• Bell pipe concrete — Pipe whose flanged end is of larger diameter than its barrel.
• Binder — A device used to tension a tiedown or combination of tiedowns.
• Blocking — A structure, device, or another substantial article placed against or around an article to prevent horizontal movement of the article.
• Bolster — A transverse load bearing structural component, particularly a part of a log bunk.
• Boulder — A large piece of natural rock that may be rounded if it has been exposed to weather and water, or is rough if it has been quarried.
• Bracing — A structure, device, or another substantial article placed against an article to prevent it from tipping that may also prevent it from shifting.
• Bulkhead — A vertical barrier across a vehicle to prevent forward movement of cargo.
• Bundle — A group of articles that has been unitized for securement as a single article.
• Bunk — A horizontal bolster fitted with a stake at each end that together supports and contains a stack of logs, and is installed transversely.
• Cab shield — A vertical barrier placed directly behind the cab of a tractor to protect the cab in the event cargo should shift forward.
• Cargo — All articles or material carried by a vehicle, including those used in operation of the vehicle.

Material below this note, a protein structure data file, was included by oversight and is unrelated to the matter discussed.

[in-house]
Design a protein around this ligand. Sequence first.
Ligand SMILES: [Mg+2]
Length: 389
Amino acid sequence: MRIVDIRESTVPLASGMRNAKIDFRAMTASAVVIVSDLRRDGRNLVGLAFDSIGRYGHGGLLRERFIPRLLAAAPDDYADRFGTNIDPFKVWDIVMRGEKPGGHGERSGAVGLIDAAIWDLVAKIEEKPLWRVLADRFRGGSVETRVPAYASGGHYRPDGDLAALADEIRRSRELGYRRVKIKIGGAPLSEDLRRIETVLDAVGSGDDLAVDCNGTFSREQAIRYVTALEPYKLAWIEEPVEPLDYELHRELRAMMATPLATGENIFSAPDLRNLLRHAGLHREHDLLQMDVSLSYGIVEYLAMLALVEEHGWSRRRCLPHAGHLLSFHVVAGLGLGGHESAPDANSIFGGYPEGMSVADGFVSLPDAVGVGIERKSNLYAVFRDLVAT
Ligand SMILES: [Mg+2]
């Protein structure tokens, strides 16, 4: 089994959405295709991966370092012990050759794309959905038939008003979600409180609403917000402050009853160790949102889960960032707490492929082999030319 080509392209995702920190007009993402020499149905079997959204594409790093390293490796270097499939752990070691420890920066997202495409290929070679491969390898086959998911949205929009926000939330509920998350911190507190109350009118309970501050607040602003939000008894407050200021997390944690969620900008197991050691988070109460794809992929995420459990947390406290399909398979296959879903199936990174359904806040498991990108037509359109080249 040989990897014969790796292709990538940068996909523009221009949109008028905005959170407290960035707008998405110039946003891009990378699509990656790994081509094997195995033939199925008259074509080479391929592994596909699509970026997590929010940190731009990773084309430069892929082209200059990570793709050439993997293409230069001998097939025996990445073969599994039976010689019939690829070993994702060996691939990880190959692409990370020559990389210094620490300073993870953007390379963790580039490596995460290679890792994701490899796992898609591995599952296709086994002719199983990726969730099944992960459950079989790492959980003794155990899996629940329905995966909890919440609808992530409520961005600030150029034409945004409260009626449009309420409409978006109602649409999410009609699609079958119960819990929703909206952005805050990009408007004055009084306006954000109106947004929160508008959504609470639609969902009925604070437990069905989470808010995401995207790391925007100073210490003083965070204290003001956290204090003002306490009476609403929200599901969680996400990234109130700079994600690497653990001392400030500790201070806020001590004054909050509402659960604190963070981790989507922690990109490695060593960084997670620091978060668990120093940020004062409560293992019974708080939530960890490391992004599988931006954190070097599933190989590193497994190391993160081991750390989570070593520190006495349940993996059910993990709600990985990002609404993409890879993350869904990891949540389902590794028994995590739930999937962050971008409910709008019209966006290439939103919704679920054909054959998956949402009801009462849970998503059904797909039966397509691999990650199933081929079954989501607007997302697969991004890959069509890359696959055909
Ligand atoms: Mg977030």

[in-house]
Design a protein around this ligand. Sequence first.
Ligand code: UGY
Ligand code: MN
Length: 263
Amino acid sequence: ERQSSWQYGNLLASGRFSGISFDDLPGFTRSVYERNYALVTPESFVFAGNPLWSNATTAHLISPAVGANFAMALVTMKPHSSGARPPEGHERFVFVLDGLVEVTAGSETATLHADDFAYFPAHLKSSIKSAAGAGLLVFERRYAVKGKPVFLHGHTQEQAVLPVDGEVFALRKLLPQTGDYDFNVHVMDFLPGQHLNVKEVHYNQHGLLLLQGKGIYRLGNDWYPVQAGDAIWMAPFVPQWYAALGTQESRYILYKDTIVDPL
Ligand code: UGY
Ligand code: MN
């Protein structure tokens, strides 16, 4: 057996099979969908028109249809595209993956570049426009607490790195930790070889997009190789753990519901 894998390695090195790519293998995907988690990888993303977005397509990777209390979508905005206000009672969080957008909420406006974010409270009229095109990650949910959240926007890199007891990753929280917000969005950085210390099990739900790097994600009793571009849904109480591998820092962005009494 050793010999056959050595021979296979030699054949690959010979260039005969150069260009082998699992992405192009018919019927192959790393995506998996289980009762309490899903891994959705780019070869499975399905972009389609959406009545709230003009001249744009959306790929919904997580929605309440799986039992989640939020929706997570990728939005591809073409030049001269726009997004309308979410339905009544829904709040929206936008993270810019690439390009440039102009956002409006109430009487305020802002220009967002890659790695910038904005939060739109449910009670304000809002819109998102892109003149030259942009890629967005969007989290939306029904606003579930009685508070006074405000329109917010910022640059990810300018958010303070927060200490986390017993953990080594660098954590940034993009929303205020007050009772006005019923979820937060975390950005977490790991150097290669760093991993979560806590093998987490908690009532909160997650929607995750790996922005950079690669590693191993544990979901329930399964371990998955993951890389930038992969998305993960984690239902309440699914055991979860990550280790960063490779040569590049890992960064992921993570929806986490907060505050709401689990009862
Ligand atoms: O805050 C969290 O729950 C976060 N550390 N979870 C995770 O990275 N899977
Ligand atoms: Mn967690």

• Chock — A tapered or wedge-shaped piece used to secure round articles against rolling.
• Cleat — A short piece of material, usually wood, nailed to the deck to reinforce blocking.
• Coil bunk — A device that keeps timbers supporting a metal coil in place. Contained — Cargo is contained if it fills a sided vehicle, and every article is in contact with or sufficiently close to a wall or other articles so that it cannot shift or tip if those other articles are also unable to shift or tip.
• Container chassis — A semitrailer of skeleton construction limited to a bottom frame, one or more axles, specially built and fitted with locking devices for the transport of cargo containers, so that when the chassis and container are assembled, the units serve the same function as an over-the-road trailer.
• Container chassis vehicle — A vehicle especially built and fitted with locking devices for the transport of intermodal containers.
• Cradle — A device or structure that holds a circular article to prevent it from rolling.